One of the greatest achievements of television -broadcast from 1964 in 26 episodes. Use of extensive archive footage and sound effects, linked with contemporary classic music of that area. ...
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The war in the latter half of 1915, marked by successes of Central Powers. German and Austrian advance in the East, Russian withdrawal. Italy enters the war on the Allied side, attacking Austria and ...
A gripping and shocking documentary composed of numerous colorized archive footage. Apocalypse: Verdun takes us to the infamous and bloody battle of Verdun that occurred in February 1916, when World War I had been raging for two years.
Sir Kenneth Clarke guides us through the ages exploring the glorious rise of civilisation in western man. Beginning with the bleakness of the dark ages to the present day, we consider ... See full summary »
THIRD REICH: THE RISE & FALL tells the story of Hitler's Germany through rarely seen films of the people who were there. Immersive and evocative, it takes viewers inside the Germany of the ... See full summary »
One of the greatest achievements of television -broadcast from 1964 in 26 episodes. Use of extensive archive footage and sound effects, linked with contemporary classic music of that area. Concentrated by the commentaries by Michael Redgrave, and some of the finest male actors of the twentieth century. Still manages to be breathtaking despite the lack of special effects or modern gimmicks.Written by
Six of the veterans who appeared in the series (Edward Spears, Horace Birks, Melvin Krulewitch, Douglas Wimberley, Robert Cotton Money and George Osborne Channer) reached the rank of Major General during their military careers. See more »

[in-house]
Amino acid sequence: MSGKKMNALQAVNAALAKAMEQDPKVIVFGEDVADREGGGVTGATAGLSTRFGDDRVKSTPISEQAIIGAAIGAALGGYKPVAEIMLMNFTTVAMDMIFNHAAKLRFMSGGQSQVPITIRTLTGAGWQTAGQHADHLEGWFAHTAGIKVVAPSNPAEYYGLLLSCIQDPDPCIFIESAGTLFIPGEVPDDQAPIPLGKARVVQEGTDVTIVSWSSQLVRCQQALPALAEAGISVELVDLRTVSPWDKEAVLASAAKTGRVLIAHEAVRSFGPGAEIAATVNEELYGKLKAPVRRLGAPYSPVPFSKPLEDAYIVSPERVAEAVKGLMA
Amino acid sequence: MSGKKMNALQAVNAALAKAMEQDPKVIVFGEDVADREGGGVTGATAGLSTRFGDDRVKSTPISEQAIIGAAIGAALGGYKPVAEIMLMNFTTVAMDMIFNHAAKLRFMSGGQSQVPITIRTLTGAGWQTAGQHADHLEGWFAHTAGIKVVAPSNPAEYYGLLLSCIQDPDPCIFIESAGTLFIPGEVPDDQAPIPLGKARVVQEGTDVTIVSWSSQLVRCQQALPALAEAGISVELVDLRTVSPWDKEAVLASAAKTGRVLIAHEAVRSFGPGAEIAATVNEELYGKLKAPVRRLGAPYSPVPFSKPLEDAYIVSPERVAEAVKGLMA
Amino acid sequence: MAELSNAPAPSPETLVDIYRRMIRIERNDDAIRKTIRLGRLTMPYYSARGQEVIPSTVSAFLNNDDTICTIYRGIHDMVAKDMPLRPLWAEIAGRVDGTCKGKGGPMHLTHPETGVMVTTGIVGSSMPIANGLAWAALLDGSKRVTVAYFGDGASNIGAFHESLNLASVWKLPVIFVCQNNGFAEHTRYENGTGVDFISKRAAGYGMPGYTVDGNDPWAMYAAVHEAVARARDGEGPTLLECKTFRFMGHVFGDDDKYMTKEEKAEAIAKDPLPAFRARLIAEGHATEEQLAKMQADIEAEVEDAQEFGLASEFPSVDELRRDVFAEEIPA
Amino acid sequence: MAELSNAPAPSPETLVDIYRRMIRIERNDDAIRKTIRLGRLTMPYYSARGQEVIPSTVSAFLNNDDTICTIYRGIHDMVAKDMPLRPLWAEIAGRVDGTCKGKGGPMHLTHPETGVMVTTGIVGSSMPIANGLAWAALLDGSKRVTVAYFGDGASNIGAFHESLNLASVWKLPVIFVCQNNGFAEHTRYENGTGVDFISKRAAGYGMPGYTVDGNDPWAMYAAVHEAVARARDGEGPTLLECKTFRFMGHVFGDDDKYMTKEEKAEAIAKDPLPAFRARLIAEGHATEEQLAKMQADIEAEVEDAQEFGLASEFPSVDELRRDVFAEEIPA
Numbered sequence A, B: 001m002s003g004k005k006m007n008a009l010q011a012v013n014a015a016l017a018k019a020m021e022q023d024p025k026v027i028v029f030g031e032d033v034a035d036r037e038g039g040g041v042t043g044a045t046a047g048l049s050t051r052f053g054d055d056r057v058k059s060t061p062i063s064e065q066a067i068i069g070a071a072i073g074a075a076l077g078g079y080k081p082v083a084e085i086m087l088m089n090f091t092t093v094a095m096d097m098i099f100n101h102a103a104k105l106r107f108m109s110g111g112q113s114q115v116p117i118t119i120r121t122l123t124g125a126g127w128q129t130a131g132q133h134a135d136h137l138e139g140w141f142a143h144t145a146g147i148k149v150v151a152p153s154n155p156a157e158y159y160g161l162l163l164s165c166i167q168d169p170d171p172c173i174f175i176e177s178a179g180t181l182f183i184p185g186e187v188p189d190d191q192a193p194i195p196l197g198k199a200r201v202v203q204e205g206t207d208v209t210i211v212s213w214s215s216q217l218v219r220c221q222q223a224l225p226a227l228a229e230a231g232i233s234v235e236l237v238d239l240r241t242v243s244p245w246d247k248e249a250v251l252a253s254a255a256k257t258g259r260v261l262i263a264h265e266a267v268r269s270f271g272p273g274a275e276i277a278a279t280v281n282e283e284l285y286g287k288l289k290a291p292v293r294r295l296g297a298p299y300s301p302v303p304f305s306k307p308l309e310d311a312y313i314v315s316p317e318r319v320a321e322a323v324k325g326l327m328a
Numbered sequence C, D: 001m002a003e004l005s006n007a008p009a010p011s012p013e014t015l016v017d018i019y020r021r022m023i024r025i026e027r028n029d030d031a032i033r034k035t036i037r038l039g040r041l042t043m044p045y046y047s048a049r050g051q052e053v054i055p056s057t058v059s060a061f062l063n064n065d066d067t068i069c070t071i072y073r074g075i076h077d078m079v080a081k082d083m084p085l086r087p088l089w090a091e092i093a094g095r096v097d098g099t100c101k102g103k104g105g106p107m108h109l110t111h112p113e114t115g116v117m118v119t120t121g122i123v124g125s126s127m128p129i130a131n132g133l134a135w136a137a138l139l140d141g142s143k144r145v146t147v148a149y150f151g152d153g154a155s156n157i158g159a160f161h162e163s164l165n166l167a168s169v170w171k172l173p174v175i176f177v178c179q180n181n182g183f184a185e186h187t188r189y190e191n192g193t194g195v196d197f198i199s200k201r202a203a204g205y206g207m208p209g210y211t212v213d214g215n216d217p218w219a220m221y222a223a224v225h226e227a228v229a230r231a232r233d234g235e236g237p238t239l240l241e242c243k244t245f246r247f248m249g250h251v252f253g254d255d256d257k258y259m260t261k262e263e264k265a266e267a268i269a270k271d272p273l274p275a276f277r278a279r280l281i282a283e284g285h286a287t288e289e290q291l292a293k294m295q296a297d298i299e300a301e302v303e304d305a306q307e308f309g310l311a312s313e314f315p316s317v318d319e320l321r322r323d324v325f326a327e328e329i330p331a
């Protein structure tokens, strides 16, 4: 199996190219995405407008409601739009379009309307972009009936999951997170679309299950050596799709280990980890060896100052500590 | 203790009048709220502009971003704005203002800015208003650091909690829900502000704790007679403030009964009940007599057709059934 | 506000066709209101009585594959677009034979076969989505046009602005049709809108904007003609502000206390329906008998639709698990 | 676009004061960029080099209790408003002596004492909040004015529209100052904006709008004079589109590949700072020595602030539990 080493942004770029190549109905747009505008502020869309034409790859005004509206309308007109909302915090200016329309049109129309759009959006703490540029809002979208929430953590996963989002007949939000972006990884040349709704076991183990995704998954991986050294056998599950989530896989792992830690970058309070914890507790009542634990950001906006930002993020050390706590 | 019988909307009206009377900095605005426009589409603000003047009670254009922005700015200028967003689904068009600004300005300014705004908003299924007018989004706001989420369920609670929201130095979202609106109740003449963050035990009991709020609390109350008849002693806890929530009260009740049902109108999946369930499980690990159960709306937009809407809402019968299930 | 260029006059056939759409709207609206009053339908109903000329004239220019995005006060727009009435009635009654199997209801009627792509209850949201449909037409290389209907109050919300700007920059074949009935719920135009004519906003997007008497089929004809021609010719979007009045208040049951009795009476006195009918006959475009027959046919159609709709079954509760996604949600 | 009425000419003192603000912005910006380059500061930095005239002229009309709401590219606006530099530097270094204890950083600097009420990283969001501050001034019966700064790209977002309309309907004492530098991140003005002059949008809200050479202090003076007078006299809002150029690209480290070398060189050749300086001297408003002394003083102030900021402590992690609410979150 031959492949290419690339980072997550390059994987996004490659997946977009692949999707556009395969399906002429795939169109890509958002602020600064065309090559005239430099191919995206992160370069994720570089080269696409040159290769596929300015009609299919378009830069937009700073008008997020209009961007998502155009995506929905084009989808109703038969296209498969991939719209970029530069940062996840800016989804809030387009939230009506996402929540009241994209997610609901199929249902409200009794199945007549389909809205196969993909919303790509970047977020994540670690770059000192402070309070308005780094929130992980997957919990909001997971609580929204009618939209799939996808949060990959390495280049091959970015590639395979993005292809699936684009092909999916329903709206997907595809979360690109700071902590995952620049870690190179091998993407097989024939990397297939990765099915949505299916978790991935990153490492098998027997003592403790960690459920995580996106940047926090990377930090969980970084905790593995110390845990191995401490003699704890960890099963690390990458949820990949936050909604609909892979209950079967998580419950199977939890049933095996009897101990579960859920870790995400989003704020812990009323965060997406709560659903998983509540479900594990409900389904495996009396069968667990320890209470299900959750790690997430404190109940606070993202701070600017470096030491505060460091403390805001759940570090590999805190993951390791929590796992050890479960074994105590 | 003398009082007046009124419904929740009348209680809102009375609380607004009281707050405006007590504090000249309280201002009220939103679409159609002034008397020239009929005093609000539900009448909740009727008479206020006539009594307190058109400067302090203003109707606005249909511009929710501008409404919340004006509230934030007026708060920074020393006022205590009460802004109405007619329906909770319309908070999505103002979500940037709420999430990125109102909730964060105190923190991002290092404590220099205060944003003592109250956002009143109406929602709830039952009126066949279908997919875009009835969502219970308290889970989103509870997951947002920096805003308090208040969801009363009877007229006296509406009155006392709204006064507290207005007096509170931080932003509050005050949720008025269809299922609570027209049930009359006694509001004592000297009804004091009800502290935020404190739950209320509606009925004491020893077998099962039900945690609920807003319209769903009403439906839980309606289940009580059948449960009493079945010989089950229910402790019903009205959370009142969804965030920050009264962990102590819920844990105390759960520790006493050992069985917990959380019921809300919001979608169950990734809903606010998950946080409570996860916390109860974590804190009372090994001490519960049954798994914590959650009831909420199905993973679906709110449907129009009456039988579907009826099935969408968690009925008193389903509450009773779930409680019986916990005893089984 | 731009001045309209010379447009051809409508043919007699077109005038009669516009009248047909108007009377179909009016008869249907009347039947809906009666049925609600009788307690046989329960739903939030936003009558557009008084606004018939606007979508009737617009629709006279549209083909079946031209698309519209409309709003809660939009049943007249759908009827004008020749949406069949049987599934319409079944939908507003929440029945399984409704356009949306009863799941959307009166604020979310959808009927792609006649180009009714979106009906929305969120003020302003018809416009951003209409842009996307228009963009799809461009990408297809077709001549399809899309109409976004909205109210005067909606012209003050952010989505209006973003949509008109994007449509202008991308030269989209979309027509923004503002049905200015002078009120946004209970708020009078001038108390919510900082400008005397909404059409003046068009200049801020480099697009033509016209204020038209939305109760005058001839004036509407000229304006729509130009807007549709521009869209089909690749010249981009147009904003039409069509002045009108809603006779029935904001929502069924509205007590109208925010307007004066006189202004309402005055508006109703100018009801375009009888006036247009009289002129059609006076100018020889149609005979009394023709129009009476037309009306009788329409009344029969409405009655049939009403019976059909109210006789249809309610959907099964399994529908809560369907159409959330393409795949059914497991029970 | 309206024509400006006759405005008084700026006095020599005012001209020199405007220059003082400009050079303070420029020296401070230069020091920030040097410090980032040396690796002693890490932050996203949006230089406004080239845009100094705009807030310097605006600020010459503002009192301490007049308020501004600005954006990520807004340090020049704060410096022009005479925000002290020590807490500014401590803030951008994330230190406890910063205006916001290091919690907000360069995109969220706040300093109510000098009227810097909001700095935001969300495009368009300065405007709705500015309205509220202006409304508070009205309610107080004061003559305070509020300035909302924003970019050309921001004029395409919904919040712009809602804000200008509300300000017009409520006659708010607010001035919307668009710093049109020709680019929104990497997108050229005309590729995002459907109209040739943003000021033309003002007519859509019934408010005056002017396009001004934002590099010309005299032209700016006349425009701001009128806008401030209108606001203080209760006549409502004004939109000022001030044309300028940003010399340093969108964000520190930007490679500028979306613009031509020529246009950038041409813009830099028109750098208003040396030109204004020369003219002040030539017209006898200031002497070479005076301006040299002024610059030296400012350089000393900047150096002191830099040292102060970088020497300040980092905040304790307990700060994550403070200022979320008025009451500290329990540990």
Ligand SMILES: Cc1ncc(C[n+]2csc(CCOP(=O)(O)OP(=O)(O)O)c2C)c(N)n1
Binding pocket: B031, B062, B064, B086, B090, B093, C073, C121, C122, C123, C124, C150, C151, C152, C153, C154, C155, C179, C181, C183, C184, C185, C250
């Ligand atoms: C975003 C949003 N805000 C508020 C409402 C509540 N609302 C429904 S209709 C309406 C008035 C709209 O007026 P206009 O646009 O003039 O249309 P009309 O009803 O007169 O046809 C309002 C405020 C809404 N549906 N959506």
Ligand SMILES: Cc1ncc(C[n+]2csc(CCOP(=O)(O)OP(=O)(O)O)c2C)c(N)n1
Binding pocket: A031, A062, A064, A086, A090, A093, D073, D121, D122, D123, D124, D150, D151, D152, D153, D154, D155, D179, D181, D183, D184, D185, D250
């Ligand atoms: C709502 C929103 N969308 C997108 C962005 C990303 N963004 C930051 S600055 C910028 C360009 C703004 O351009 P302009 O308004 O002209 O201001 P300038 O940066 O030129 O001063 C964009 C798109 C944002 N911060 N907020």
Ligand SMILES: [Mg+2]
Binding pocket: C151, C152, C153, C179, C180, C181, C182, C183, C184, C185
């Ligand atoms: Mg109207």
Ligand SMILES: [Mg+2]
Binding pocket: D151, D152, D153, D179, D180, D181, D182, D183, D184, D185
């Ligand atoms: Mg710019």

Shrewd, Candid, Accurate, Historical: A perfect history documentary?
This documentary is possibly the best documentary series ever made. If I could, I would give it an extra star, so it could be the Pershing of documentaries. The fact it beats The World at War and other stunningly epic documentaries shows how incredible it really is.
As a man who has spent his life thinking on history, and could potentially spend a long professional life doing it, all I can say is how refreshing the series is. Unlike other documentaries, it has no platitudes or ahistorical biases, it presents the conflict accurately. Startlingly accurately, with its amazing black and white footage and interviews.
Not only that, but Sir Michael Redgrave topples all narrating rivals in his performances. Forever now will I associate his voice with the conflict, strong, unique and filled with power.
It's the detail that shocks. The emphasis on context, too. By presenting it so historically and professionally, it puts the conflict in its proper place in history and in society. I've watched newer documentaries, and have had to study the literature extensively for my higher education, but never was I more moved than watching this documentary.
Please, seek this series out when you can. It may never be released on Blu-Ray. In-fact, I'd buy a DVD player just for watching this series again, and I'd keep a compatible TV too, just in case. If I was off to a desert island, this would probably be the series I'd take.
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